High blood pressure, or hypertension, is diagnosed when the pressure of blood through your arteries is higher than normal. Your doctor checks two types of pressure simultaneously--systolic and diastolic. A reading of 120 (systolic) over 80 (diastolic) is normal; 140 over 90 is considered high. Multiple readings must be taken to determine true hypertension. If you have hypertension, illness, as well as certain medications that you might take for illness, can cause your high blood pressure to rise even higher.
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What Causes High Blood Pressure to Rise Higher?
Many things can cause a temporary spike in blood pressure. It can be as simple as a visit to your doctor's office. This type of blood pressure rise is called "white-coat hypertension."
Another contributory factor to a temporary rise in blood pressure is weather. Blood pressure is naturally higher in winter and lower in summer. Cold weather causes blood vessels to narrow, constricting blood flow and increasing blood pressure. And illness, particularly illness that is accompanied by fever and infection, can also contribute to a sudden rise in blood pressure.
How Does Illness Cause Blood Pressure to Rise?
There are a number of ways in which a severe cold or flu, particularly if you are running a fever, can cause a higher blood pressure reading. Anytime you get a fever, your body is working to fight off an infection. Fever raises your temperature, speeds up your heart rate and raises your blood pressure levels. This increased blood pressure is due to "vasoconstriction"-- a narrowing of blood vessels. If you have a fever, a blood pressure exam is likely to show that your blood pressure is elevated.
An increase in your heart rate can also occur during other kinds of bacterial or viral infection, including bronchitis, pneumonia and strep throat. This happens in response to your heart's extra oxygen demands, so your system can fight off the infection. A heart-rate increase can also raise your blood pressure. Dehydration from fever or infection can raise your blood pressure, too.
The Cold, the Cure and High Blood Pressure
One way to decrease your risk of a spike in your blood pressure during illness is to check what drugs or medications you are taking. In addition to the effects of fever, your blood pressure can also be affected by medications. Over-the-counter cold remedies, ones that contain decongestants, are some of the main culprits.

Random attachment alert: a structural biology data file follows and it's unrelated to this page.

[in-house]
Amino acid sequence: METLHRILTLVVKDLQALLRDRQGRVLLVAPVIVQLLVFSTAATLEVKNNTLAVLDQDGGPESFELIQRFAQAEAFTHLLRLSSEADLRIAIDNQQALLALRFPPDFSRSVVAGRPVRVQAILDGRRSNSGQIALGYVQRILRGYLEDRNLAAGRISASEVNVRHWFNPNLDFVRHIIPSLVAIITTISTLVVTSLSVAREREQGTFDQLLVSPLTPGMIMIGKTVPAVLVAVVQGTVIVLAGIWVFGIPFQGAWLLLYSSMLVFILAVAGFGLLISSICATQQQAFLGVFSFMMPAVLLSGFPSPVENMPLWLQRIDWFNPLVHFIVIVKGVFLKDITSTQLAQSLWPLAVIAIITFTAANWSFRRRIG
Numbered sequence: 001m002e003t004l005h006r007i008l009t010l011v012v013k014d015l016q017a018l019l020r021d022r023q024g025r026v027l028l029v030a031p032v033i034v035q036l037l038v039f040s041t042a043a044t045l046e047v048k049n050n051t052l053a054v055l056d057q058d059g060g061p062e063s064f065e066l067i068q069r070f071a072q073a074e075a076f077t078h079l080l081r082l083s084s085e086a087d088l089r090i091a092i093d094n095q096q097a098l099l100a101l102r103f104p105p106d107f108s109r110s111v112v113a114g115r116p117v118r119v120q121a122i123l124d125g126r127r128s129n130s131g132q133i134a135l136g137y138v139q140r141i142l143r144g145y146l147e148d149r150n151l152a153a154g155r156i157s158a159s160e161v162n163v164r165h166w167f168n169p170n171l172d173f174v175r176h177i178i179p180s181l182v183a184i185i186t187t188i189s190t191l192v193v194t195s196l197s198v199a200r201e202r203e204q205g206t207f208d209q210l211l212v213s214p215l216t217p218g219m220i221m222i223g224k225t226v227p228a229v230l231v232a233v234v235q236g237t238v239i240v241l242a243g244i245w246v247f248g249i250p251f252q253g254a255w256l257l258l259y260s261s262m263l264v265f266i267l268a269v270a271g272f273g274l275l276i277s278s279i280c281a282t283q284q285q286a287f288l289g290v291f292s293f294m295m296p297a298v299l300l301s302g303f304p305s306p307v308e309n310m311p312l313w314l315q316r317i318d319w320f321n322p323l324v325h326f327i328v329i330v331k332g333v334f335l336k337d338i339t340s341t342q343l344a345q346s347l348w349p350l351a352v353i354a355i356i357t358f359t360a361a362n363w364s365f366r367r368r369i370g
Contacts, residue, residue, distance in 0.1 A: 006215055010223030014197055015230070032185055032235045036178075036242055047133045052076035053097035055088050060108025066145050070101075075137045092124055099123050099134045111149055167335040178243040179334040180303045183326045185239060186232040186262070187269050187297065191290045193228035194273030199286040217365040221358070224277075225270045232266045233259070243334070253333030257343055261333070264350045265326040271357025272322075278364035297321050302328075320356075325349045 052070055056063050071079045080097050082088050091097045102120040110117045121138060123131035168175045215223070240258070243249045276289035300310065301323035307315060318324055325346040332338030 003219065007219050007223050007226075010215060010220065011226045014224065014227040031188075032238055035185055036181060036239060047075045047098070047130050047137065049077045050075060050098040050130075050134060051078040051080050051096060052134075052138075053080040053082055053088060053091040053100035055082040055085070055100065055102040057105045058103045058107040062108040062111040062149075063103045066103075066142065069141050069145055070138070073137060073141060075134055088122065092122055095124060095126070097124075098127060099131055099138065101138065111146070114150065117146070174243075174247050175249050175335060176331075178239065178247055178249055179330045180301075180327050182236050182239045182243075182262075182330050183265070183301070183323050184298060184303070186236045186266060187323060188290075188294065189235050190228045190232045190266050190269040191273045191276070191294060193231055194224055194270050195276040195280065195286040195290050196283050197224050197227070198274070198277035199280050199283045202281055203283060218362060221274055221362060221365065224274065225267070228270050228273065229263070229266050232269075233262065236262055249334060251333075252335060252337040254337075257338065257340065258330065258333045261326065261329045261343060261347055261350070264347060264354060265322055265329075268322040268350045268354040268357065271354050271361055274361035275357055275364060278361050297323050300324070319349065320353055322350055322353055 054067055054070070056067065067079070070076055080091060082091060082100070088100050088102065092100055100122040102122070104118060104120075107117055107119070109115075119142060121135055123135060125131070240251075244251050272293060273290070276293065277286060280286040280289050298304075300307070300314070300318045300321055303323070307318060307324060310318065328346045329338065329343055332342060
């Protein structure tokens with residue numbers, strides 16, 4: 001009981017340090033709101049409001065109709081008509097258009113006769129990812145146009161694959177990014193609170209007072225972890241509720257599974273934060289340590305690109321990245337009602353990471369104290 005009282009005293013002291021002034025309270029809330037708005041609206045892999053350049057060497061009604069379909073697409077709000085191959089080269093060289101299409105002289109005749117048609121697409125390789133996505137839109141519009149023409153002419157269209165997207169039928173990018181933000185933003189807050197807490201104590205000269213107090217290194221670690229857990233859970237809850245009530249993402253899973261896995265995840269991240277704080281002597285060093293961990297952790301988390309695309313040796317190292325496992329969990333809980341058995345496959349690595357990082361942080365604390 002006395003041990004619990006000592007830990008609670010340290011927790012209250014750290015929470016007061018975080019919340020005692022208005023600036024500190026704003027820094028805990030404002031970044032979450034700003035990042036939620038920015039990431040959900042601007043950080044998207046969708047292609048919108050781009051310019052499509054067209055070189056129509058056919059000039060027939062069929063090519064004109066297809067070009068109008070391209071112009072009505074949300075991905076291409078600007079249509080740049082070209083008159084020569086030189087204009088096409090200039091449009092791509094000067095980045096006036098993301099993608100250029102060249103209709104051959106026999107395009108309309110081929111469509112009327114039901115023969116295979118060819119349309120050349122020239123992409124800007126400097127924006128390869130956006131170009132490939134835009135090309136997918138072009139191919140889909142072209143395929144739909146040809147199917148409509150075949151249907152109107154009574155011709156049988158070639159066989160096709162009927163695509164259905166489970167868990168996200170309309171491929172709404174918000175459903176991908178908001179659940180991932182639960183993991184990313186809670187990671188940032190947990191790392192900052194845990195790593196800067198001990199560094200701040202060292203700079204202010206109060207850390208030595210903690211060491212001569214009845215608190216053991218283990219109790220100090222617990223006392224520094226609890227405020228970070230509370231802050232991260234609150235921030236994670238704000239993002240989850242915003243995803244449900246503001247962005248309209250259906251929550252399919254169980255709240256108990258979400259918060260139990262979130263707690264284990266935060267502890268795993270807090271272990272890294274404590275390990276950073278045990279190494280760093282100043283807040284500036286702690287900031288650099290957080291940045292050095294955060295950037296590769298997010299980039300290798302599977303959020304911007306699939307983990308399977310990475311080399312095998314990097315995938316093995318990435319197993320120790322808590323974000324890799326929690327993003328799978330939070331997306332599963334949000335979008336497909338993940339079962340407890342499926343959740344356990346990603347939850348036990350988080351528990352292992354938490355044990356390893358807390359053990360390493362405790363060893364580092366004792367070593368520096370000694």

Decongestants work to narrow blood vessels in your nose, helping you breathe more clearly, but they also narrow other blood vessels, raising blood pressure. Decongestants to avoid if you have hypertension include pseudoephedrine, ephedrine, phenylephrine, naphazoline and oxymetazoline.
Can Other Illnesses Raise Blood Pressure?
High blood pressure can result from many different conditions and diseases. These can include diabetes, kidney disease, arteriosclerosis, atherosclerosis and even pregnancy.
Researchers at Beth Israel Deaconess Hospital in Boston reported in the May 15, 2009 issue of PLoS Pathogens, that mice who had been infected with cytomegalovirus (CMV) were likely to experience high blood pressure. CMV is actually a grouping of viruses that infects humans and other animals, including mice. It attacks cells in various organs of the body. CMV infection is wide spread in the human population, affecting some 60 to 99 per cent of adults worldwide. The infection increases the activity of renin, an enzyme that is associated with high blood pressure. It also increases angiotensin 11, a protein associated with high blood pressure.
Can Illness also Lower Blood Pressure?
As well as contributing to a rise in high blood pressure, illness and severe infections can also result in a quick drop in your blood pressure, known as hypotension. During any serious illness or infection, your doctor will want to monitor your blood pressure regularly. This will help monitor the severity of your illness or infection, as well as the current status of your hypertension.
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